Canadian travel agents bear the brunt of consumers’ ire when they find out about airline-imposed extra charges on their airfares. That’s a major reason why the Association of Canadian Travel Agents (ACTA) welcomes Canada’s all-in airfare advertising rule, which is likely to take effect in 2013.
The new rule will “level the field” for agents, ACTA president and COO David McCaig said in a conversation with Travel Market Report.
What else are top concerns for Canada’s travel sellers for the year ahead? Merchant card fees and IATA charges are among their major issues, McCaig said.
On the positive side, he noted that Canada’s agents benefit from travel-related consumer protection laws in some provinces.
How will the Canadian government's all-in airfare advertising requirement affect the way agents do business? Why do you think this is important?
McCaig: In Canada, we have many situations where the consumer walks out with an invoice that includes a ‘tax,’ only to later find out that it is a fuel surcharge. Our travel agents end up taking the abuse for this airline policy when the consumer finds out.
That’s why we are very pleased that the federal government in Canada is bringing out these regulations. This will level the field for all agencies.
ACTA has been working for 10 years to get federal legislation requiring all airlines and players – including tour operators and travel agents – to advertise with full disclosure and all-in pricing.
Under provincial travel consumer protection regulations in Ontario and Quebec, tour operators already have to have all-in price advertising. But this regulation has to be for all of Canada and all players involved with selling air tickets, whether they are travel agents, tour operators or airlines.
Are the provincial consumer protection regimes good for travel agents as well and why?
McCaig: The consumer protection regulations in British Columbia, Ontario and Quebec are a real advantage for travel agents in those provinces, which together account for approximately 80% of the Canadian travel market.
Each province has a consumer protection fund to cover consumers if a tour operator or travel agency fails.
But consumers are covered only if they have booked through a regular travel agency and they are not covered when they book directly with the supplier.
It is a big advantage for agencies to be able to inform clients that their losses will be covered if there is a failure.
What’s the situation for agencies in unregulated provinces?
McCaig: We have ACTA members in Atlantic Canada, Alberta, Manitoba and Saskatchewan that don’t have travel consumer protection funds. So they are open to competition from travel agencies in the provinces that do (have protection); they advertise that advantage to local customers.
ACTA continues to work with the unregulated provinces in various ways.
What IATA issues are affecting Canadian agents?
McCaig: IATA is still seeking to increase its fees around the world, and ACTA is negotiating with them via World Travel Agent Associations Alliance (WTAAA) as the largest collective contributor of airline sales processed through the various global settlement plans.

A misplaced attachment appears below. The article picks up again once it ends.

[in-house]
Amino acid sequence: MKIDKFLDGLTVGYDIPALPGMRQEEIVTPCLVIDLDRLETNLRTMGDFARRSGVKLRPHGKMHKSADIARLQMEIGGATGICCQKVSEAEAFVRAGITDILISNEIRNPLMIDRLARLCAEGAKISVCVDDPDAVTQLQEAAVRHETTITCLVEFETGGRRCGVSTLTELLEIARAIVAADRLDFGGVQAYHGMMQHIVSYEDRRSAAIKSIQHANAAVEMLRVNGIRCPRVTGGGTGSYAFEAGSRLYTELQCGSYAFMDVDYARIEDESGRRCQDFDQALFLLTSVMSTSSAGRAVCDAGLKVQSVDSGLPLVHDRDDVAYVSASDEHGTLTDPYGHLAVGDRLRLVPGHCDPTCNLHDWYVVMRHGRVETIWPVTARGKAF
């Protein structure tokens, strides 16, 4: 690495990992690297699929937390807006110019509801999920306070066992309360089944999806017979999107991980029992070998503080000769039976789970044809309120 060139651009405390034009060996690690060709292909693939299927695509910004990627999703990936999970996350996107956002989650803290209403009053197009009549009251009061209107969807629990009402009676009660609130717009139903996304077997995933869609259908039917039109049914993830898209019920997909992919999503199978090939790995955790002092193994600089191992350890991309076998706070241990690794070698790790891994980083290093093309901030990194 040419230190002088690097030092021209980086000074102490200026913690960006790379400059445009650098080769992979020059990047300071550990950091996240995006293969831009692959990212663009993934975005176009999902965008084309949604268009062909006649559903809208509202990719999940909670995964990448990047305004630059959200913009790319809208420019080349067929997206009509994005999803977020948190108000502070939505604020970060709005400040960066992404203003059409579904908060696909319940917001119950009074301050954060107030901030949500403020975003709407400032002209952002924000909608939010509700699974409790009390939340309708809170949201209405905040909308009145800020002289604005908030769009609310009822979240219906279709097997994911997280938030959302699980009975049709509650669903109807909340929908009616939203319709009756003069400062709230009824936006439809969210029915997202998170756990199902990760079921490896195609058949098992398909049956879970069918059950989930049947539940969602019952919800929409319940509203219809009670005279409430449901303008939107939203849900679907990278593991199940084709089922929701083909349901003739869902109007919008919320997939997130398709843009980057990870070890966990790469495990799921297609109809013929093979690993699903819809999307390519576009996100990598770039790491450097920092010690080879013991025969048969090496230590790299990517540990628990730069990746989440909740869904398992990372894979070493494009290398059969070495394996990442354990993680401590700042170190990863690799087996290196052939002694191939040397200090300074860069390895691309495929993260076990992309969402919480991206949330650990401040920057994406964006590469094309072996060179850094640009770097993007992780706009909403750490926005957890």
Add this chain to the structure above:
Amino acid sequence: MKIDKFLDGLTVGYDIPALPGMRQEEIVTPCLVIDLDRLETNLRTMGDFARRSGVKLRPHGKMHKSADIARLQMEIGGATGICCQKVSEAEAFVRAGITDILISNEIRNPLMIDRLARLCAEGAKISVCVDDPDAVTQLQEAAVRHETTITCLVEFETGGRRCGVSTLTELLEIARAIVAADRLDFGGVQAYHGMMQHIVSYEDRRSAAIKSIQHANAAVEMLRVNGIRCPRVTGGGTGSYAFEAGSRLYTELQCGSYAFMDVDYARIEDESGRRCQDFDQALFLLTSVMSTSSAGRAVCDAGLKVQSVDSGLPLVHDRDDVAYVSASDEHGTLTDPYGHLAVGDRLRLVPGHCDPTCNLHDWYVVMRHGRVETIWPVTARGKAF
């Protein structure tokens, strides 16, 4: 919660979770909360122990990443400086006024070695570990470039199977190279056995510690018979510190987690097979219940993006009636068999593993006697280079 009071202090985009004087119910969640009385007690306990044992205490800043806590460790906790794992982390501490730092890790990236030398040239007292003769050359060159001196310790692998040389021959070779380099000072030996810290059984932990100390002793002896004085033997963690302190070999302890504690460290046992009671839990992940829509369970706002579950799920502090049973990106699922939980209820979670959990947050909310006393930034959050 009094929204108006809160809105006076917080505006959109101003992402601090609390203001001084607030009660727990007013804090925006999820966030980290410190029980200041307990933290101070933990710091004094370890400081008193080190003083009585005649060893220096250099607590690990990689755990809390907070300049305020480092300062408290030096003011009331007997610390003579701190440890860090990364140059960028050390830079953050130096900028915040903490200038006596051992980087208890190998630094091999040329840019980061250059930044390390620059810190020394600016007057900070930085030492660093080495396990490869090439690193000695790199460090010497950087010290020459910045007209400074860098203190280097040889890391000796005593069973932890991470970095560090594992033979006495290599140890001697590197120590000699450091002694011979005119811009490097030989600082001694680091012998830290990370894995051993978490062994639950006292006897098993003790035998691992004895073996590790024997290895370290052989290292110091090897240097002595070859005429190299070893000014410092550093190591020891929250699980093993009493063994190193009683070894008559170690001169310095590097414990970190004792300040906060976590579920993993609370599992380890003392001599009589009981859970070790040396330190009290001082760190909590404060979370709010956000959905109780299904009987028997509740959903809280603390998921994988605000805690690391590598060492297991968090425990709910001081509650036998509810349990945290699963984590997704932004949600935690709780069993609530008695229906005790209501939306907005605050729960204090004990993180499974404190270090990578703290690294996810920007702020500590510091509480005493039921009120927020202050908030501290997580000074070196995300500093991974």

The other issue ACTA is working on with IATA is addressing credit card fraud, because agencies are being defrauded. I know of one Canadian agency recently taken for $68,000, which is a big issue for a small business.
Is ACTA doing anything about this fraud?
McCaig: We are involved in bringing in some new systems to help prevent ticket fraud, such as the Perseuss collaborative database of fraudulent PNR data from over 80 airlines and travel suppliers, which has successfully prevented thousands of fraudulent bookings.
You mention that credit card merchant fees are another major issue for Canada’s travel agents. Why?
McCaig: High merchant fees and the security requirements for an agency to have a merchant credit card are a big issue, especially with U.S.-based banks. This is also an issue for our tour operators and for airlines.
One Canadian agency doing $3 million a year was required to put up $100,000 in security as part of the merchant service agreement, but we were able to switch her over to Canada-based SecuTrans with much better terms.
Still, the U.S. bank kept that $100,000 for 365 days, in case there was a claw back, even though there hadn’t been a claw back for 30 years and every passenger booked with the agency had traveled.
What is ACTA doing to address merchant credit card security?
McCraig: We are working with the Canadian Independent Federation of Businesses (CIFB) as a lobby group with the federal government to help travel agencies – and other small businesses – with the whole issue of merchant card security requirements.
That’s in addition to the SecuTrans merchant card service that we provide as a value-add to ACTA members.
How did merchant card fees become such a problem?
McCraig: The high merchant card fees resulted from what has happened in the U.S. banking industry during the recession, combined with the negativity around travel agencies and the travel industry after the Sept. 11, 2001, attacks, leading to the travel industry being classified as risky.
We find it hard to convince a bank in the U.S. that we have consumer protection laws in Canada and consumer compensation funds. The U.S. banks don’t understand that three provinces in Canada have that compensation fund that is the backup for consumers in case of a failure. It is difficult message to get across.
What has been the overall impact on Canadian agencies?
McCraig: Canadian agencies need to be well-capitalized.
The result is that we are having a number of mergers, which is healthy for the agency industry, because the merged agencies are well-capitalized and have the resources to implement the technology that is driving the travel market.